The PJ Tatler

Should Your School District Pony Up to Hire a Super-Superintendent? New Study Says, 'Meh.'

They make handsome salaries, make important-sounding speeches, and often make their Boards dance to their tune, but NPR reports that a new study says school superintendents have virtually no impact where it matters.

“We just don’t see a whole lot of difference in student achievement that correlates with who the superintendent happens to be,” says Matthew Chingos, a senior fellow at the Brown Center on Education Policy at the Brookings Institution. He’s a co-author of what’s likely the first broad study to examine the link between superintendents and student achievement.

Chingos and his co-authors, Grover Whitehurst and Katharine Lindquist, analyzed student test score data from Florida and North Carolina over a 10-year period. His conclusion: Hiring a new superintendent made almost no difference in student success.

Chingos explains the findings this way: “What percentage of differences in student achievement is explained by superintendents? It’s very small, about 0.3 percent.”

Whether you hire a new one, or pay bonuses to keep the one you have, it won’t really matter to the bottom line.

In football, coaches cash in, but not for long if they can’t win.

But in this sport, where the average Superintendent makes $195,000 fully rolled up with bennies, there’s not only a lack of consequences for paltry student performance, there’s no explicit connection between the two.

O, sure, every superintendent talks about student achievement, but few would be willing to link their contract to it.

One exception is New Jersey, where in 2011, as part of a salary cap law, the state started paying Superintendents CEO bonuses — up to 15% of salary — based on metrics determined by the local school board. Of course, that happened thanks to Gov. Chris Christie. The unions fought him all the way and the accusations fly that districts play fast and loose with the benchmarks.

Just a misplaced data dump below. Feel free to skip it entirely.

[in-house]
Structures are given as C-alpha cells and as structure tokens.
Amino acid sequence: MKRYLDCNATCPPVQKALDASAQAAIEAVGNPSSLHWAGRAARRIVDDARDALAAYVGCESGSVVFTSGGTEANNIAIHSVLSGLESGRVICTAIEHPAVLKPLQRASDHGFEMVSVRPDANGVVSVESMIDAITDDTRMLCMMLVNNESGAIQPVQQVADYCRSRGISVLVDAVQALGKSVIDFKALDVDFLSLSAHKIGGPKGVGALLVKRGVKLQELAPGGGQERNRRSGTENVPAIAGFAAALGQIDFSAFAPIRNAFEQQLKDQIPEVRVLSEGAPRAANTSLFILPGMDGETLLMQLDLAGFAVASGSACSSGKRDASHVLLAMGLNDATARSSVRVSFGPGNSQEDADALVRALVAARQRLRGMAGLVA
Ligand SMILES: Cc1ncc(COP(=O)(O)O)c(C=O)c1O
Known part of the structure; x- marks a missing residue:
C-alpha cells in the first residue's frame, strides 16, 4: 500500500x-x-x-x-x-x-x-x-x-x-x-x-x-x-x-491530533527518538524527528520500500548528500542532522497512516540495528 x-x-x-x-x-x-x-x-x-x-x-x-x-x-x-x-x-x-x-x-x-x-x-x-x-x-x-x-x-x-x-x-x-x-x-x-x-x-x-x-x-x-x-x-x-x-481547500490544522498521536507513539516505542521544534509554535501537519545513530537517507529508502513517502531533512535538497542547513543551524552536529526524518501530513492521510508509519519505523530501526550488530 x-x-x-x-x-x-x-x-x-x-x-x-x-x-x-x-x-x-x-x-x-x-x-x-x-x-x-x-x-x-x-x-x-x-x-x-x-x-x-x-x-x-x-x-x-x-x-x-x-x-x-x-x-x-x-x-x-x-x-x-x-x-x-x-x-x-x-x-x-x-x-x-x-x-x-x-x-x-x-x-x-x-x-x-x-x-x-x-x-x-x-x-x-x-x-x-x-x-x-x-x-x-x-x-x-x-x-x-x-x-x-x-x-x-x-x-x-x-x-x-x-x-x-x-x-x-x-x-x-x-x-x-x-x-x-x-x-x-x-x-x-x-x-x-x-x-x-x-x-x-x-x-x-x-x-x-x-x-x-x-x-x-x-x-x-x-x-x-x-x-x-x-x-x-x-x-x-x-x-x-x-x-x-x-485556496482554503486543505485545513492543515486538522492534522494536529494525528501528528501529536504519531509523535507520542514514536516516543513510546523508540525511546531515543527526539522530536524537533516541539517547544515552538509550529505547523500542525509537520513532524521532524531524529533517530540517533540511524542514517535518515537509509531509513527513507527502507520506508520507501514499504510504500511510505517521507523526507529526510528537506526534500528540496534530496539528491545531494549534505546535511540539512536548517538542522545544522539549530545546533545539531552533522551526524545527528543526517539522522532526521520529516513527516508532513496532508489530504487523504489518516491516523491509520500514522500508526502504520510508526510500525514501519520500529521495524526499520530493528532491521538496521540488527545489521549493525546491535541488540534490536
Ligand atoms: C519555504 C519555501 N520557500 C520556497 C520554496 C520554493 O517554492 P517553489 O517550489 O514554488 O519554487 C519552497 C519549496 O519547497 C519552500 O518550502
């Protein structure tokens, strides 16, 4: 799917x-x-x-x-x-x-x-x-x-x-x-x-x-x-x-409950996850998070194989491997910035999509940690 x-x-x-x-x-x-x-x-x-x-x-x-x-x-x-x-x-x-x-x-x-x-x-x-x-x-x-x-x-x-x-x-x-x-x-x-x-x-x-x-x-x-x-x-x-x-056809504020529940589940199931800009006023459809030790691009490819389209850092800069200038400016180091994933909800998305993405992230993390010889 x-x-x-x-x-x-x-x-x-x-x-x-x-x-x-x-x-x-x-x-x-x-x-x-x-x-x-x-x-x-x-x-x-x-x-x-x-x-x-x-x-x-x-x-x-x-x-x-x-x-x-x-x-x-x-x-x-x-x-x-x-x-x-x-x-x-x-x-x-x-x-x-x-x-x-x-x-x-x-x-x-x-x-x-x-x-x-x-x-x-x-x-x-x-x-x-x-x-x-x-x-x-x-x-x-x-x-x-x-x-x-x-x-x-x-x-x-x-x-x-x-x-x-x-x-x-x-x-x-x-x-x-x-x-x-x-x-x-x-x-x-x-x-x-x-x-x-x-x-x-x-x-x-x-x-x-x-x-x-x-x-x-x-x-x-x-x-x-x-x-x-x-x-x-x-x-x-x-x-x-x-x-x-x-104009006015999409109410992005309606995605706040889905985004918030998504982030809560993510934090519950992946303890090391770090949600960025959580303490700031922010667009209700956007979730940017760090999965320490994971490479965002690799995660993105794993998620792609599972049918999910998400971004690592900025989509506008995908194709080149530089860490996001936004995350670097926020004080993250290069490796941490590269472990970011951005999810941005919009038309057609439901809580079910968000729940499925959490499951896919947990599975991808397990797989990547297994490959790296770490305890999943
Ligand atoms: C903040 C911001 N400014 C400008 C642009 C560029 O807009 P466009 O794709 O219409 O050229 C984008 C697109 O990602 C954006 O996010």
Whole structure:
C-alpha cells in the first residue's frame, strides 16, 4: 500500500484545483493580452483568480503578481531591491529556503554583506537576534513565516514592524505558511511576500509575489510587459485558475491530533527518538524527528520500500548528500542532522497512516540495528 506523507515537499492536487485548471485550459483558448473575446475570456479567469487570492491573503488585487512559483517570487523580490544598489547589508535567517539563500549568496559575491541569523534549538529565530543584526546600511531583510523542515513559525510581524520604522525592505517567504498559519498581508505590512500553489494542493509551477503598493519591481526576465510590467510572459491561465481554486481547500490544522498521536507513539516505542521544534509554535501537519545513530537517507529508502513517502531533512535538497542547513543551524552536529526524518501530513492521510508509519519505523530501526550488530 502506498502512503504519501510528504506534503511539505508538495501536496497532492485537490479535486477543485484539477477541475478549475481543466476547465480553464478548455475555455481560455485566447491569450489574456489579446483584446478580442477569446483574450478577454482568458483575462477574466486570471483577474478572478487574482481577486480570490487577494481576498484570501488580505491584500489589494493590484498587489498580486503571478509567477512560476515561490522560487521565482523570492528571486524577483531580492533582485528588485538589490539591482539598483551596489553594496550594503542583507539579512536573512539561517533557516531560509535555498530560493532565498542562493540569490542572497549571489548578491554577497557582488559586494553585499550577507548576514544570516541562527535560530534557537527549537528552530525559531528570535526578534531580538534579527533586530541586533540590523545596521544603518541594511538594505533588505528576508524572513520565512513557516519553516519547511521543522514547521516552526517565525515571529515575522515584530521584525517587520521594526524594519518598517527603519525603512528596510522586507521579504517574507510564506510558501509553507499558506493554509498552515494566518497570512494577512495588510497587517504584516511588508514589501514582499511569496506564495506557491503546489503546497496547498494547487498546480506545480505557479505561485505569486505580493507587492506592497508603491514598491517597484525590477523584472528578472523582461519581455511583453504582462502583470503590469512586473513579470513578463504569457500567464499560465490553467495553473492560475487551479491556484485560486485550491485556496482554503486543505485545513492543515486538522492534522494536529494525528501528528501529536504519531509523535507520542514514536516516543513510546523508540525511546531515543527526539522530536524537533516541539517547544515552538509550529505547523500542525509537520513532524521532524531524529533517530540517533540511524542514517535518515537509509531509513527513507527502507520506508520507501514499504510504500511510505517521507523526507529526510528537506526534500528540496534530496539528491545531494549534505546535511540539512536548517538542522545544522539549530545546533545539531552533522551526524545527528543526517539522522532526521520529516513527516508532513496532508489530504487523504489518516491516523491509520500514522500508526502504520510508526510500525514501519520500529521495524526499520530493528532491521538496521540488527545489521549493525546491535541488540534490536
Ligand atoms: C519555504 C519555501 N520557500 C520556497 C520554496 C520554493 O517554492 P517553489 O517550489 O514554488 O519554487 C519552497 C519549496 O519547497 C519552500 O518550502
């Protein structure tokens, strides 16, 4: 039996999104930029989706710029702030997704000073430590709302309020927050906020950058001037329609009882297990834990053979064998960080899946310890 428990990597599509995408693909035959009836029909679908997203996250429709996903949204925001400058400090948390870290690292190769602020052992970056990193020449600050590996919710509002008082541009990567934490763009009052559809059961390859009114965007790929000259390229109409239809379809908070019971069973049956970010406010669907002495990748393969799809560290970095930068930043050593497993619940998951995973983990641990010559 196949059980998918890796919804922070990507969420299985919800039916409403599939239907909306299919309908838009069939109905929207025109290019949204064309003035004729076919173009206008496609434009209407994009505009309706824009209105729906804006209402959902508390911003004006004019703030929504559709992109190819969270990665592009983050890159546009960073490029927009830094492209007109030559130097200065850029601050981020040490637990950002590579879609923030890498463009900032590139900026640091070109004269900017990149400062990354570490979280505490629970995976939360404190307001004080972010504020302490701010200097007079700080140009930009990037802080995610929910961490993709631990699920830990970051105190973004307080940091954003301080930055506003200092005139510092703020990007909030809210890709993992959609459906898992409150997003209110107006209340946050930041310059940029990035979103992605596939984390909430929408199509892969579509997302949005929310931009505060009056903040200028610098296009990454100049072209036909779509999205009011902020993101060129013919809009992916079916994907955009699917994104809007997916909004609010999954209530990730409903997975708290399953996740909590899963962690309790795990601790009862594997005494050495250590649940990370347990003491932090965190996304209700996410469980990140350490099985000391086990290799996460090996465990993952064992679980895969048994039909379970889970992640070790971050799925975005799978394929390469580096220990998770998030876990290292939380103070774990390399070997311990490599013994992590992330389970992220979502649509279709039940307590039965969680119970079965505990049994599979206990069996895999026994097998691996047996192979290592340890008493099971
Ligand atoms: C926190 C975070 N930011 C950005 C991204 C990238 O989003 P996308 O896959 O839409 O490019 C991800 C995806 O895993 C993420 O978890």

Having worked a few years in the admin building of a public school district, and read a number of books on education reform at that time, I can tell you that few people “in the industry” actually know how to increase student performance. 

I worked in the PR department, and sometimes we’d get a call from a parent thinking of moving into our district. They always asked about our state ratings, clearly concerned about their children’s future. Sometimes I wanted to ask “how much money do you make?” Because the only thing that seemed clear from our in-district stats was that schools in better neighborhoods, with higher incomes, registered higher average standardized test scores.

Of course, this new study will have little impact on contract negotiations, thanks to the magical thinking of school boards, which always see their district as an exception to the rule.